Friday, January 31, 2014
Book Review: Mustang: The Saga of the Wild Horse in the American West
by Deanne Stillman
(available on Amazon)
First things first: this was not the book I thought it was. I picked it up out of curiosity - it had quite a few accolades on the cover, was by a talented writer, and in all honesty I began it with a sinking heart. For some years now, I have had in mind the project of researching and writing a book about the place the mustang holds in the American imagination.
This was not that book. This was not even close to that book. In fact? This was not really a book about mustangs at all, save for perhaps the last 1/4 of it.
That's not to say it was a bad book, by any stretch of the imagination. In fact, it was quite a good book: well-written, thoughtful, far-ranging, and a good read. Here was my biggest problem: this book made no attempt to define or distinguish the "mustang," which is to say the distinctly wild (or feral) horse that lives without human interaction or mediation in the American west.
Stillman's title and subtitle imply that she will write a history of those horses. That's not what she did. Instead, this book is more accurately a history of the horse in general in the American west. Which is fine! She does a nice light nonfiction job of that, telling stories about the horses belonging to early conquistadors, about cavalry horses, about cow ponies and cattle drives, about the horses in Buffalo Bill's Wild West Show, about movie horses. She clearly (despite her personal history) doesn't know a whole lot about horses, but she does know a whole lot about people, and does a really nice job in telling her stories.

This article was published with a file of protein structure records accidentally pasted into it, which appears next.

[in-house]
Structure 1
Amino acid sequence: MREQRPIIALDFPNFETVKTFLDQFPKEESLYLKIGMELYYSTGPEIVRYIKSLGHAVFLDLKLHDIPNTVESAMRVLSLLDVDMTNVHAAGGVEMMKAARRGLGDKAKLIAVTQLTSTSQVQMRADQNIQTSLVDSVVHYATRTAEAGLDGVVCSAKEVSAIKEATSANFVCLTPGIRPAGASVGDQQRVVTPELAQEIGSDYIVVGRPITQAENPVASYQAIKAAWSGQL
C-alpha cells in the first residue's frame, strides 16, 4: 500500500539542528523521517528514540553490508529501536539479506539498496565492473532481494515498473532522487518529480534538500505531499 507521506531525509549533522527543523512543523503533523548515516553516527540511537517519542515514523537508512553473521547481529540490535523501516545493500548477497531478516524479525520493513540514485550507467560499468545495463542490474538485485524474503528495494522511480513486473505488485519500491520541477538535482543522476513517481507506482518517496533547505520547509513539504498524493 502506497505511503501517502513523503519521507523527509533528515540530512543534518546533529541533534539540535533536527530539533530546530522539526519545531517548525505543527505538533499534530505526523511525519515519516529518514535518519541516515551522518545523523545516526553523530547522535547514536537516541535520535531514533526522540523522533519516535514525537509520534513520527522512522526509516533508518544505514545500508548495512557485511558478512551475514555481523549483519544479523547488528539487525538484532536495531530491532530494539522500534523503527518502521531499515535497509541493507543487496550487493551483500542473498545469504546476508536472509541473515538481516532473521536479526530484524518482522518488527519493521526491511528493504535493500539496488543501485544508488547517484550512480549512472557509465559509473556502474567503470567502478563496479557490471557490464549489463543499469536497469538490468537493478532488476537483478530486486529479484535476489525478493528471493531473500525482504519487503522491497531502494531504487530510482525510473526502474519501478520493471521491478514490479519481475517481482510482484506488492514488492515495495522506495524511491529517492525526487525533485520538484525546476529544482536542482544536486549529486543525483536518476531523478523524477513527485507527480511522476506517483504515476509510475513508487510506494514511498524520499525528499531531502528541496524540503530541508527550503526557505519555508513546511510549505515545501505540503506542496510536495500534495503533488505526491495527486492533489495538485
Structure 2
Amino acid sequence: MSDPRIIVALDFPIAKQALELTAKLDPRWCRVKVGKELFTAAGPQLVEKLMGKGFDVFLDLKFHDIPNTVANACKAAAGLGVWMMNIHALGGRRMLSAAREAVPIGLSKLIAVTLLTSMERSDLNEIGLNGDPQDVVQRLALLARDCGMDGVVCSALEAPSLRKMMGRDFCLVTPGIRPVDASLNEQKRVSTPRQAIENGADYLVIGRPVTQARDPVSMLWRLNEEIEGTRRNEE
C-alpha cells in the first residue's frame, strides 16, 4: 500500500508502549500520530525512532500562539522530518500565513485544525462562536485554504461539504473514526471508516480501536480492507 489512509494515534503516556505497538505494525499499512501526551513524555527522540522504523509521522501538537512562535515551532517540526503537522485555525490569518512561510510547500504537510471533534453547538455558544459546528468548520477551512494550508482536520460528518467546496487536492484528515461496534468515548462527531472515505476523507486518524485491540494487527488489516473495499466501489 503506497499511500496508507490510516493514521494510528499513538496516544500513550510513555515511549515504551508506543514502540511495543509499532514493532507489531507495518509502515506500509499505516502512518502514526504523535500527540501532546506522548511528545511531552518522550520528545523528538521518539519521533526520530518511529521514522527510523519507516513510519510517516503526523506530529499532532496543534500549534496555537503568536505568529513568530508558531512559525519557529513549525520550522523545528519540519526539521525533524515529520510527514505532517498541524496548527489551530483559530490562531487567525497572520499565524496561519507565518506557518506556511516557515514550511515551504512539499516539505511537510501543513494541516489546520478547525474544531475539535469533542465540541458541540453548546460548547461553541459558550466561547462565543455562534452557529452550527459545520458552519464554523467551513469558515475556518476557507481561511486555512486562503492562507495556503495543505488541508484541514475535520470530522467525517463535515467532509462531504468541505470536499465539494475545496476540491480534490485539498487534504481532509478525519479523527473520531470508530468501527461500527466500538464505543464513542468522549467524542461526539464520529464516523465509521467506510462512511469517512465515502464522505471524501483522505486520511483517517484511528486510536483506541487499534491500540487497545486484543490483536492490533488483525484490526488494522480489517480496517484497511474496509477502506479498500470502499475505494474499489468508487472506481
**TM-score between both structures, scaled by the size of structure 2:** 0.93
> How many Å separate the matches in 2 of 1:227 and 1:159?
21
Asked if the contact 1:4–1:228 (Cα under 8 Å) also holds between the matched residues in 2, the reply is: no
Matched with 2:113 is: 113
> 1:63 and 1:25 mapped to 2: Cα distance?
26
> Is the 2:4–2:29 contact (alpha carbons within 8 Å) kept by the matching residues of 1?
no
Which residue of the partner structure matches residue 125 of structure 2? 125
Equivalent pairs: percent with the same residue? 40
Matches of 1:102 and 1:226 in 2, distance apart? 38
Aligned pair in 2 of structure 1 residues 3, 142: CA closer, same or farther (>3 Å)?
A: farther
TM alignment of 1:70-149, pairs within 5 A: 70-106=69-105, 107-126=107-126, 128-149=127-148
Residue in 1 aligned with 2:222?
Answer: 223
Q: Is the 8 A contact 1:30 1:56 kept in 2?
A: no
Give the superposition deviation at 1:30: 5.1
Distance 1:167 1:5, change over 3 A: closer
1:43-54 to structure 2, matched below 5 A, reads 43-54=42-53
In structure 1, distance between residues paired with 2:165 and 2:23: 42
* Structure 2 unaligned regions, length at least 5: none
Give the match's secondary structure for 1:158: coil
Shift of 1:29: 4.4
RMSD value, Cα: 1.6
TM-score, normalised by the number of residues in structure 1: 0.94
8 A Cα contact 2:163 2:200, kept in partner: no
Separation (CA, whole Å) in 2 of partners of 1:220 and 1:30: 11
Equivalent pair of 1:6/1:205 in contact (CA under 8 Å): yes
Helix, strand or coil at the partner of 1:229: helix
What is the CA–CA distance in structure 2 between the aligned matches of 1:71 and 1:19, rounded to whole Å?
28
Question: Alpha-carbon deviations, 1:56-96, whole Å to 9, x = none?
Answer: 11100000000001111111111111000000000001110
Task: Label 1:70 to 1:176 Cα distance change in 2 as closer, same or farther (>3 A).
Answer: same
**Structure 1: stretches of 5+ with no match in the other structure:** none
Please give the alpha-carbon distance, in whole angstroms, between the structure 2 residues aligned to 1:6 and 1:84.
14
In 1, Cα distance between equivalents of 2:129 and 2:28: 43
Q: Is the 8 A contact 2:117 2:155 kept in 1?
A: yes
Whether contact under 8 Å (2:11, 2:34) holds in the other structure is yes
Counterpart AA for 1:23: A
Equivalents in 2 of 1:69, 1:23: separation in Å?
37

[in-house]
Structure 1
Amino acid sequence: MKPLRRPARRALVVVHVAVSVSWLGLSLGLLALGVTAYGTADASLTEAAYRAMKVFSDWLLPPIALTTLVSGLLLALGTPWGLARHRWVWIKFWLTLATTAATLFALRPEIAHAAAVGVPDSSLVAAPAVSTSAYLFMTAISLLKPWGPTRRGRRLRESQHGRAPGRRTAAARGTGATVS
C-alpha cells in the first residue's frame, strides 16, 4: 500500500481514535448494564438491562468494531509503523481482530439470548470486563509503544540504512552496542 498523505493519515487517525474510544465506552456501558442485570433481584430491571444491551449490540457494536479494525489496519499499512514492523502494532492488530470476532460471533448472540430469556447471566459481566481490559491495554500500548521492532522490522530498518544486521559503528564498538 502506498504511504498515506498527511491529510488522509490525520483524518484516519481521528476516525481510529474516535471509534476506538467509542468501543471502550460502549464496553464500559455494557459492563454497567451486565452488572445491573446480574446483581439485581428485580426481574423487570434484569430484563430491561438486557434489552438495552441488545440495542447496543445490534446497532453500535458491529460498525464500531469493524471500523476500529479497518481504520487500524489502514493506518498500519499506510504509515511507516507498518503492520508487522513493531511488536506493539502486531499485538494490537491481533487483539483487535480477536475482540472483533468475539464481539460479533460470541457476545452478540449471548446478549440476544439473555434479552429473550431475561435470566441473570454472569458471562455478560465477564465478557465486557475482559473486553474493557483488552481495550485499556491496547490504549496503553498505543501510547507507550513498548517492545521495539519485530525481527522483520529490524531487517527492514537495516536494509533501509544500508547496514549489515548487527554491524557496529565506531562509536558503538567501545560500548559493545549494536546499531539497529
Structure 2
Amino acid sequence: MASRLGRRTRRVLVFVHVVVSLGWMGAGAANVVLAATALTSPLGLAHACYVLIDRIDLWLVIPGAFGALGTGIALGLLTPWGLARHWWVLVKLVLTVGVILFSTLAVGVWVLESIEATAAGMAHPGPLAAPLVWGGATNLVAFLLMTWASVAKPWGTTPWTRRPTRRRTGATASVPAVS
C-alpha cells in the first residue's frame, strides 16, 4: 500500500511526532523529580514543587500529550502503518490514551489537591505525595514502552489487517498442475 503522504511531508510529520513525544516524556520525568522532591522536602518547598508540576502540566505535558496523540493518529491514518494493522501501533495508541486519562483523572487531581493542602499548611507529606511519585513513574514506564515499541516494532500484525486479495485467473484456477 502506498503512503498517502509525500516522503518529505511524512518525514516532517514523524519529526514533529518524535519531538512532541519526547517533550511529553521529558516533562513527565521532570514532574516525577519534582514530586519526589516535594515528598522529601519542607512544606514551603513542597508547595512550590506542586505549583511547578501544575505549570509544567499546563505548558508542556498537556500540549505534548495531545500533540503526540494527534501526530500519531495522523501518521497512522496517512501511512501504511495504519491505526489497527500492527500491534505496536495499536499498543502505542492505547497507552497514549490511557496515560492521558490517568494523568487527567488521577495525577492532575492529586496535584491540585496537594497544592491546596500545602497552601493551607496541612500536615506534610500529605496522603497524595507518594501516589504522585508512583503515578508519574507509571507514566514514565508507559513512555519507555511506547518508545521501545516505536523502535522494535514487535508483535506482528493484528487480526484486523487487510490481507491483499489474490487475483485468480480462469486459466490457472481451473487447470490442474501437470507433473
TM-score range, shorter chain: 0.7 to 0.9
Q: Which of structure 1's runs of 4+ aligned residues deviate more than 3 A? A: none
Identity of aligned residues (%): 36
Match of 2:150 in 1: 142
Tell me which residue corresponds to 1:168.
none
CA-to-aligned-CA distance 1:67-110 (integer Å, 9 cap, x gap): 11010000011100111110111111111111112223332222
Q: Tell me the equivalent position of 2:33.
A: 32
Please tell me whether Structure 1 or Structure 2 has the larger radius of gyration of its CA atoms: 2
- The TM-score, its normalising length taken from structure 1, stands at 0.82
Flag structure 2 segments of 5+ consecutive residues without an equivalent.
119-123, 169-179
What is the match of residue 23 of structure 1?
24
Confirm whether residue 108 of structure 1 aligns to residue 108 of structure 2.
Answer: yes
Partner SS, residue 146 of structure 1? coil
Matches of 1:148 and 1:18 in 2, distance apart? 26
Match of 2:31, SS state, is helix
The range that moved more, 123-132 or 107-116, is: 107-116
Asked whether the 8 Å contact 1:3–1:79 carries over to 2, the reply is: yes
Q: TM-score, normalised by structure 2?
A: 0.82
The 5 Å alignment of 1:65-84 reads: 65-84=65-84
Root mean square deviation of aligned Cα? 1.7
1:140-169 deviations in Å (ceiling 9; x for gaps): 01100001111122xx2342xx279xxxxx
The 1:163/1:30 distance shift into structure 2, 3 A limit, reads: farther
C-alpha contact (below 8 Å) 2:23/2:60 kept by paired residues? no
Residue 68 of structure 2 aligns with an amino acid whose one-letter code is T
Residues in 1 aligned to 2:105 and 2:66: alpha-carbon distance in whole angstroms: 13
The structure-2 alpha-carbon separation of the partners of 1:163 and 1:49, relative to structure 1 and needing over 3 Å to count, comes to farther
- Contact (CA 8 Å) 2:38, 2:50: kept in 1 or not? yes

So while I spent the first 3/4 of the book annoyed at her lack of distinction (mustang != any horse out west != free-roaming stock horses != any horse that she has decided fits a certain physical type), when I forced myself to step back and think "this is really about horses as companions in creating the history of the west" I liked the book much much better.
And then when she spends the last 1/4 actually talking about mustangs, actually parsing out the history of the wild/feral horses in the west in the mid to latter part of the 20th century? She does a really good job. Instead of an enjoyable but not gripping read it became a gripping and depressing and involved read. I couldn't put down the last 80 pages. It took me 2 weeks to read the first 240.
And in the end? I'm glad she didn't write the book I wanted to write, because that means it's still out there for me to tackle.